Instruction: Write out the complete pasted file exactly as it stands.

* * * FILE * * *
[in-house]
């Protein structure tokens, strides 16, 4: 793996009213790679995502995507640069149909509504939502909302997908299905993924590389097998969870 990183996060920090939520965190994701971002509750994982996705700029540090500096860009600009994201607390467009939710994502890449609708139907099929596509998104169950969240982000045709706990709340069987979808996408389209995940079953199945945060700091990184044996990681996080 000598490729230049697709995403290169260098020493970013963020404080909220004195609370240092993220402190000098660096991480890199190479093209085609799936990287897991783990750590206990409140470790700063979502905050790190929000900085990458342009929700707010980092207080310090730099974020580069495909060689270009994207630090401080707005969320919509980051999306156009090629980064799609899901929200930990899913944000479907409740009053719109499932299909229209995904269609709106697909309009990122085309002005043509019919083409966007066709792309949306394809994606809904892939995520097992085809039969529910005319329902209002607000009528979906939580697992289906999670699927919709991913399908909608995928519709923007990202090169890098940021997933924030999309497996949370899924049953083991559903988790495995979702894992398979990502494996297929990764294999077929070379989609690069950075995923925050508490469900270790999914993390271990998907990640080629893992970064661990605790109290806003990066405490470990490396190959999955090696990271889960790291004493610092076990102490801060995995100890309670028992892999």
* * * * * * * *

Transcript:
[in-house]
């Protein structure tokens, strides 16, 4: 793996009213790679995502995507640069149909509504939502909302997908299905993924590389097998969870 990183996060920090939520965190994701971002509750994982996705700029540090500096860009600009994201607390467009939710994502890449609708139907099929596509998104169950969240982000045709706990709340069987979808996408389209995940079953199945945060700091990184044996990681996080 000598490729230049697709995403290169260098020493970013963020404080909220004195609370240092993220402190000098660096991480890199190479093209085609799936990287897991783990750590206990409140470790700063979502905050790190929000900085990458342009929700707010980092207080310090730099974020580069495909060689270009994207630090401080707005969320919509980051999306156009090629980064799609899901929200930990899913944000479907409740009053719109499932299909229209995904269609709106697909309009990122085309002005043509019919083409966007066709792309949306394809994606809904892939995520097992085809039969529910005319329902209002607000009528979906939580697992289906999670699927919709991913399908909608995928519709923007990202090169890098940021997933924030999309497996949370899924049953083991559903988790495995979702894992398979990502494996297929990764294999077929070379989609690069950075995923925050508490469900270790999914993390271990998907990640080629893992970064661990605790109290806003990066405490470990490396190959999955090696990271889960790291004493610092076990102490801060995995100890309670028992892999």